Gloucestershire’s churches are full of amazing architectural and historical details that help bring the past to life. Here are some highlights to look out for.
This Victorian church was rebuilt in 1854-55 by Henry Clutton, with William Burges on behalf of Lord de Mauley. The style is Perpendicular, with French Gothic influences. Chained to the south side roof is a modern dragon spout which lunges ferociously around the corner of a creeper covered wall.
Postcode: GL7 3NB
This large church is decorated inside with superb mediaeval wall paintings. It holds numerous tombs and memorials to members of the Berkeley family and Dr. Edward Jenner is also buried here. In the churchyard is the ‘Jester’s Tomb’, burial place of Dicky Pearce, the last court jester. He was killed in revels at the castle in 1728.
Postcode: GL13 9BN
This Norman church had been allowed to fall into disrepair by the 19th century and was heavily restored in the 1890s. A rare and ancient wood staircase has been used for more than 500 years to reach the belfry. Built in the 15th century, the upper part is made from solid oak logs, while the rail is one continuous piece of elm.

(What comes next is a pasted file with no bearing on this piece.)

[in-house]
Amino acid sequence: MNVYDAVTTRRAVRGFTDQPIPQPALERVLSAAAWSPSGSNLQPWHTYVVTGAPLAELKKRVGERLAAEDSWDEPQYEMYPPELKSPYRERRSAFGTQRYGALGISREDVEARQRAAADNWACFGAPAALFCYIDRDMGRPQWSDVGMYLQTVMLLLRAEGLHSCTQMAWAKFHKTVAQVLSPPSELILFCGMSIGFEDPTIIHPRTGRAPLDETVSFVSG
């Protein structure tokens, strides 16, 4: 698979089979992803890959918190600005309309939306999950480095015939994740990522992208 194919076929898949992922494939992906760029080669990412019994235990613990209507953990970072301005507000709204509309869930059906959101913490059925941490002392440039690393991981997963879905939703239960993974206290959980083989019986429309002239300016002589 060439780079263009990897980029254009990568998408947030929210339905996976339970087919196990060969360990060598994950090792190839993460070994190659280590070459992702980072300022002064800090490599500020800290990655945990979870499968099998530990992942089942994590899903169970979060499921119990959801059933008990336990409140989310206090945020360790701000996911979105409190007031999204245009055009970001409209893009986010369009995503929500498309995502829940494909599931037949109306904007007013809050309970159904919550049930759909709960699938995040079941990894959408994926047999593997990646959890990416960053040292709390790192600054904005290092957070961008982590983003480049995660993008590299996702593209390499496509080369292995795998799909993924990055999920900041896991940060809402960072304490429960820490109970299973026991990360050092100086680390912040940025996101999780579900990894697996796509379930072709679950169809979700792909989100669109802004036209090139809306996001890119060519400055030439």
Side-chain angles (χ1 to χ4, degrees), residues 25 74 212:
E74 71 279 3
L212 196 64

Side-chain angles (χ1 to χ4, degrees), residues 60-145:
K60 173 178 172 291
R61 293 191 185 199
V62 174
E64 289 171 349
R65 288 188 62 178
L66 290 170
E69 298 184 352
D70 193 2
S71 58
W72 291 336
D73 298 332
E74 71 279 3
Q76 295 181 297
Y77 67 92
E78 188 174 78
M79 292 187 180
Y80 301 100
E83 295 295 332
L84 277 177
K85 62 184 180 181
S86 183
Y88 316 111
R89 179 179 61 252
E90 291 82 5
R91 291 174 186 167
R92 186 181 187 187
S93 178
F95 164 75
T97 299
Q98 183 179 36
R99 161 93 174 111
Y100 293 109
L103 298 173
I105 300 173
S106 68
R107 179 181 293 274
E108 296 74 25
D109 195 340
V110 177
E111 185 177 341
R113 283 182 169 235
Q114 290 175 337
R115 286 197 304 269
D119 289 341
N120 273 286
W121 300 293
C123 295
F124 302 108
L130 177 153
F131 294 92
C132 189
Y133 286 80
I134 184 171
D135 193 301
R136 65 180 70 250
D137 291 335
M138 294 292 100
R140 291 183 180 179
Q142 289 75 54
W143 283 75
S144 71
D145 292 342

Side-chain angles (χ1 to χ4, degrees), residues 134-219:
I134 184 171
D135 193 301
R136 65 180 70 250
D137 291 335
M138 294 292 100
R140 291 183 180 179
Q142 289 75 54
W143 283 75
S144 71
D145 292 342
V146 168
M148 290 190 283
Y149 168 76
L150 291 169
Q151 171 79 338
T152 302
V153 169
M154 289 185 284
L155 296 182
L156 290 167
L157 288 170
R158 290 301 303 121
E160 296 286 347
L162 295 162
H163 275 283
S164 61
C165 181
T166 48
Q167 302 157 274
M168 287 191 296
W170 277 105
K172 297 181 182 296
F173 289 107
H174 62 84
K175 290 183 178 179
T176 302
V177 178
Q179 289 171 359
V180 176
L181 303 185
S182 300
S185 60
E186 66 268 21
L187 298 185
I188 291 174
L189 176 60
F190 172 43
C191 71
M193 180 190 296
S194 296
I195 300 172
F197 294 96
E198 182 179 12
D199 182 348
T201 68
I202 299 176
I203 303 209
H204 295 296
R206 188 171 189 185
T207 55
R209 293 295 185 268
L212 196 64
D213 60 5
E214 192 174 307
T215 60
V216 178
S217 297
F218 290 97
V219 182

Postcode: GL52 8LJ
The Early English chancel in St Lawrence’s is considered the finest in the county. Gustav Holst was the organist here in the 1890s. In the 1950s the vicar, Canon Harry Cheales, created a liturgical maze in the Rectory garden. Although it was dismantled in 1984, a mosaic copy of the maze can now be found inside the church.
Postcode: GL54 2PN
Bristol’s Roman Catholic Cathedral was finished in 1973 and is particularly notable for its angular design in which all the dimensions and angles are based on an equilateral triangle. Twenty triangles make up the votive candelabrum that hangs in the Lady Chapel, made by Brother Patrick of Prinknash Abbey.
Postcode: BS8 3BX
St George’s looks like a typical mediaeval Cotswold church, but inside, the chancel, sanctuary and nave windows are covered in striking decorative wall paintings. These are the work of Clayton and Bell from around 1871, for the incumbent Rev. William Wiggin, and could be mistaken at a glance for well preserved mediaeval originals.
Postcode: GL54 3NW
This magnificent building was started in 1089 and has seen almost 1000 years of visitors. When the Great East Window was installed in the 1350s it was the largest window in the world and it remains a landmark example of mediaeval glass painting. A famous detail shows what appears to be a golfer taking a shot.
Postcode: GL1 2LX
Built in 1834 in the Classical style, the church served an independent congregation inspired by the preaching of John Cennick. The porch has a domed roof and an offset door, to avoid the wind blowing up the hill. There is an extra leaf in the door to allow room to manoeuvre coffins into the church.
Postcode: BS30 6NL
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